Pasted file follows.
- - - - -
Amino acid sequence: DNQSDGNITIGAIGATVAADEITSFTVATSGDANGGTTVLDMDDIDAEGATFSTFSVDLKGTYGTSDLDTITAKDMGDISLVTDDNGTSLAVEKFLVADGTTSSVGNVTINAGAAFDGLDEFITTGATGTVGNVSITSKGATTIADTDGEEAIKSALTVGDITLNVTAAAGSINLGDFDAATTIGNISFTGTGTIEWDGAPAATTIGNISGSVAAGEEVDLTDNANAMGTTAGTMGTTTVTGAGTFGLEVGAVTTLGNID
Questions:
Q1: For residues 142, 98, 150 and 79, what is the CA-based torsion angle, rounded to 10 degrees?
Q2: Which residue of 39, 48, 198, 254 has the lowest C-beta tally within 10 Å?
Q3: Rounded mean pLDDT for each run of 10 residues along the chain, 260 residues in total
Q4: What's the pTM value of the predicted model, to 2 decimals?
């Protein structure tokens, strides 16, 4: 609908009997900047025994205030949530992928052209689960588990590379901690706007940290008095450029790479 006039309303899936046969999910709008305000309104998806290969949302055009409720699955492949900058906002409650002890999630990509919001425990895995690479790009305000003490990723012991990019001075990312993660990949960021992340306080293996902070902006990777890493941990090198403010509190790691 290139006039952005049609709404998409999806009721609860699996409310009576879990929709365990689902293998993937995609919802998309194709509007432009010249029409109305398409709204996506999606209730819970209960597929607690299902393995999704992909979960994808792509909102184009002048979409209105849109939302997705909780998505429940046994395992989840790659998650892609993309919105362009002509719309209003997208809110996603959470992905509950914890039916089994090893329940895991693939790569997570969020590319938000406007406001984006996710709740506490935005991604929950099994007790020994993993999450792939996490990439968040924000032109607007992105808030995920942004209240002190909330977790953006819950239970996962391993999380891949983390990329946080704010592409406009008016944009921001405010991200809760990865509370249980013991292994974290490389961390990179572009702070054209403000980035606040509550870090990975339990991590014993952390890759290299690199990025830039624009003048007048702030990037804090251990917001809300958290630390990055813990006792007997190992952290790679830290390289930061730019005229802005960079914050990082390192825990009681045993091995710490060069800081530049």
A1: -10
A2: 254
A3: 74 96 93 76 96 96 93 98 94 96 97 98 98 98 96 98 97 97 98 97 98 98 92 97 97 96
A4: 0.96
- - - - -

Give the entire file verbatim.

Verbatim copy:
Amino acid sequence: DNQSDGNITIGAIGATVAADEITSFTVATSGDANGGTTVLDMDDIDAEGATFSTFSVDLKGTYGTSDLDTITAKDMGDISLVTDDNGTSLAVEKFLVADGTTSSVGNVTINAGAAFDGLDEFITTGATGTVGNVSITSKGATTIADTDGEEAIKSALTVGDITLNVTAAAGSINLGDFDAATTIGNISFTGTGTIEWDGAPAATTIGNISGSVAAGEEVDLTDNANAMGTTAGTMGTTTVTGAGTFGLEVGAVTTLGNID
Questions:
Q1: For residues 142, 98, 150 and 79, what is the CA-based torsion angle, rounded to 10 degrees?
Q2: Which residue of 39, 48, 198, 254 has the lowest C-beta tally within 10 Å?
Q3: Rounded mean pLDDT for each run of 10 residues along the chain, 260 residues in total
Q4: What's the pTM value of the predicted model, to 2 decimals?
């Protein structure tokens, strides 16, 4: 609908009997900047025994205030949530992928052209689960588990590379901690706007940290008095450029790479 006039309303899936046969999910709008305000309104998806290969949302055009409720699955492949900058906002409650002890999630990509919001425990895995690479790009305000003490990723012991990019001075990312993660990949960021992340306080293996902070902006990777890493941990090198403010509190790691 290139006039952005049609709404998409999806009721609860699996409310009576879990929709365990689902293998993937995609919802998309194709509007432009010249029409109305398409709204996506999606209730819970209960597929607690299902393995999704992909979960994808792509909102184009002048979409209105849109939302997705909780998505429940046994395992989840790659998650892609993309919105362009002509719309209003997208809110996603959470992905509950914890039916089994090893329940895991693939790569997570969020590319938000406007406001984006996710709740506490935005991604929950099994007790020994993993999450792939996490990439968040924000032109607007992105808030995920942004209240002190909330977790953006819950239970996962391993999380891949983390990329946080704010592409406009008016944009921001405010991200809760990865509370249980013991292994974290490389961390990179572009702070054209403000980035606040509550870090990975339990991590014993952390890759290299690199990025830039624009003048007048702030990037804090251990917001809300958290630390990055813990006792007997190992952290790679830290390289930061730019005229802005960079914050990082390192825990009681045993091995710490060069800081530049």
A1: -10
A2: 254
A3: 74 96 93 76 96 96 93 98 94 96 97 98 98 98 96 98 97 97 98 97 98 98 92 97 97 96
A4: 0.96